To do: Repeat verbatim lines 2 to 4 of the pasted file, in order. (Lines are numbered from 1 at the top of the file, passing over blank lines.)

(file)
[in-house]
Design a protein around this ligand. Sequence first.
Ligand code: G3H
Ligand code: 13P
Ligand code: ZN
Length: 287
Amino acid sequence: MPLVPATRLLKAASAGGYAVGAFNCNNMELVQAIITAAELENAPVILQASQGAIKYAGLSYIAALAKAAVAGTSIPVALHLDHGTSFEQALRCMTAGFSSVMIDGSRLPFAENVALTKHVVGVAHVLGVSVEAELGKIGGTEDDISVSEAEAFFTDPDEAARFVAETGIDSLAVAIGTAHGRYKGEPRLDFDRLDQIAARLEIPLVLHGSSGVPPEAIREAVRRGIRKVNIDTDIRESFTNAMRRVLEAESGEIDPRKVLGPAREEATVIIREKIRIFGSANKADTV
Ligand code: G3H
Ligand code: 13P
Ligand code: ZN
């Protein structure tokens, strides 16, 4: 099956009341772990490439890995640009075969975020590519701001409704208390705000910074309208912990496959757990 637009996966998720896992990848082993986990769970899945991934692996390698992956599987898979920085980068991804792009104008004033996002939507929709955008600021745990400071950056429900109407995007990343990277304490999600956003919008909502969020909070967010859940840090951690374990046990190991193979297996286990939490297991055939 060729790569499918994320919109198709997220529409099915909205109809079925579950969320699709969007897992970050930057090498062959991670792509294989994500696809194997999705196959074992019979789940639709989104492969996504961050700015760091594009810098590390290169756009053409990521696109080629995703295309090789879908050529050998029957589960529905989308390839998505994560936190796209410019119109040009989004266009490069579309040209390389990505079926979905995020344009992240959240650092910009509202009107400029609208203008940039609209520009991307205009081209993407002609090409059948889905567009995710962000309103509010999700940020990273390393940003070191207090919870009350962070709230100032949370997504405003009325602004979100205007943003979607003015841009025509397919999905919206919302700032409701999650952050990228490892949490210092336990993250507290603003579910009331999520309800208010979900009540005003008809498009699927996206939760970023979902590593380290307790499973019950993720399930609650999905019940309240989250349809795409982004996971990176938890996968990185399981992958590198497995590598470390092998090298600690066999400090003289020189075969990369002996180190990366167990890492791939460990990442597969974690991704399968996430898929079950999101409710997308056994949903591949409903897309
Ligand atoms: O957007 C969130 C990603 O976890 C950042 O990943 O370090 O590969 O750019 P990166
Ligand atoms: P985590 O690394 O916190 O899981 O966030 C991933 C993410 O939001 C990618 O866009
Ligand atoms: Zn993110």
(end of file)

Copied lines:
Design a protein around this ligand. Sequence first.
Ligand code: G3H
Ligand code: 13P